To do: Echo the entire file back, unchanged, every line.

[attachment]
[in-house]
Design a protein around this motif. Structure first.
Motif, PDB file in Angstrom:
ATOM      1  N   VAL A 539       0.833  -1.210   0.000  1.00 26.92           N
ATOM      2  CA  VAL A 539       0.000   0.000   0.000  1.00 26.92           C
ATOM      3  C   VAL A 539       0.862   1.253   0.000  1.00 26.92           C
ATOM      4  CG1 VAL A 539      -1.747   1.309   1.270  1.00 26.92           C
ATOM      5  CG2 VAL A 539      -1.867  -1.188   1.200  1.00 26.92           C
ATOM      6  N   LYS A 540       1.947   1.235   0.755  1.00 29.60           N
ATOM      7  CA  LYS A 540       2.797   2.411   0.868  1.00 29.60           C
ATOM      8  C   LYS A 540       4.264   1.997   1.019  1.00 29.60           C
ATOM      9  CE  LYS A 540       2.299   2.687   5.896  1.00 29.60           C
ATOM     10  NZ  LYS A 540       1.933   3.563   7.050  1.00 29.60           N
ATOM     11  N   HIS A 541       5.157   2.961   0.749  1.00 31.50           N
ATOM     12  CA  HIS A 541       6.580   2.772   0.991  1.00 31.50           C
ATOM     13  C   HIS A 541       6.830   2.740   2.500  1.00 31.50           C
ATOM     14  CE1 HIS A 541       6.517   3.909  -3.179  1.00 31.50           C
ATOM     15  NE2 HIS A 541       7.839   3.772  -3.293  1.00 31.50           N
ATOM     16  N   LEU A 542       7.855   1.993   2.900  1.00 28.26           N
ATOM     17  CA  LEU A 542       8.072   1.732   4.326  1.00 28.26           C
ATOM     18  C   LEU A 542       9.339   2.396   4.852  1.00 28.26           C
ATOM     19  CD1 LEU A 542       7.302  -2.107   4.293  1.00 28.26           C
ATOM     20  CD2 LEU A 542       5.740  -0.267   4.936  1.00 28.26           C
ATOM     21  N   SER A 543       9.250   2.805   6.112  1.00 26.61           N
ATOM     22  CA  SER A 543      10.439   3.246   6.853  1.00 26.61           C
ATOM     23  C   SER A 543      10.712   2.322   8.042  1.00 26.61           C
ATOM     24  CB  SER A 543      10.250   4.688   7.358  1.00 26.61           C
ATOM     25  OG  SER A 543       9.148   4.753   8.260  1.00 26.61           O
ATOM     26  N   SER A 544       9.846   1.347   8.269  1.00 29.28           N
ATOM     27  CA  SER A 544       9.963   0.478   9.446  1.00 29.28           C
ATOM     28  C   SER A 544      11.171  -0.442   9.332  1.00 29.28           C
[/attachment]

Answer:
[in-house]
Design a protein around this motif. Structure first.
Motif, PDB file in Angstrom:
ATOM      1  N   VAL A 539       0.833  -1.210   0.000  1.00 26.92           N
ATOM      2  CA  VAL A 539       0.000   0.000   0.000  1.00 26.92           C
ATOM      3  C   VAL A 539       0.862   1.253   0.000  1.00 26.92           C
ATOM      4  CG1 VAL A 539      -1.747   1.309   1.270  1.00 26.92           C
ATOM      5  CG2 VAL A 539      -1.867  -1.188   1.200  1.00 26.92           C
ATOM      6  N   LYS A 540       1.947   1.235   0.755  1.00 29.60           N
ATOM      7  CA  LYS A 540       2.797   2.411   0.868  1.00 29.60           C
ATOM      8  C   LYS A 540       4.264   1.997   1.019  1.00 29.60           C
ATOM      9  CE  LYS A 540       2.299   2.687   5.896  1.00 29.60           C
ATOM     10  NZ  LYS A 540       1.933   3.563   7.050  1.00 29.60           N
ATOM     11  N   HIS A 541       5.157   2.961   0.749  1.00 31.50           N
ATOM     12  CA  HIS A 541       6.580   2.772   0.991  1.00 31.50           C
ATOM     13  C   HIS A 541       6.830   2.740   2.500  1.00 31.50           C
ATOM     14  CE1 HIS A 541       6.517   3.909  -3.179  1.00 31.50           C
ATOM     15  NE2 HIS A 541       7.839   3.772  -3.293  1.00 31.50           N
ATOM     16  N   LEU A 542       7.855   1.993   2.900  1.00 28.26           N
ATOM     17  CA  LEU A 542       8.072   1.732   4.326  1.00 28.26           C
ATOM     18  C   LEU A 542       9.339   2.396   4.852  1.00 28.26           C
ATOM     19  CD1 LEU A 542       7.302  -2.107   4.293  1.00 28.26           C
ATOM     20  CD2 LEU A 542       5.740  -0.267   4.936  1.00 28.26           C
ATOM     21  N   SER A 543       9.250   2.805   6.112  1.00 26.61           N
ATOM     22  CA  SER A 543      10.439   3.246   6.853  1.00 26.61           C
ATOM     23  C   SER A 543      10.712   2.322   8.042  1.00 26.61           C
ATOM     24  CB  SER A 543      10.250   4.688   7.358  1.00 26.61           C
ATOM     25  OG  SER A 543       9.148   4.753   8.260  1.00 26.61           O
ATOM     26  N   SER A 544       9.846   1.347   8.269  1.00 29.28           N
ATOM     27  CA  SER A 544       9.963   0.478   9.446  1.00 29.28           C
ATOM     28  C   SER A 544      11.171  -0.442   9.332  1.00 29.28           C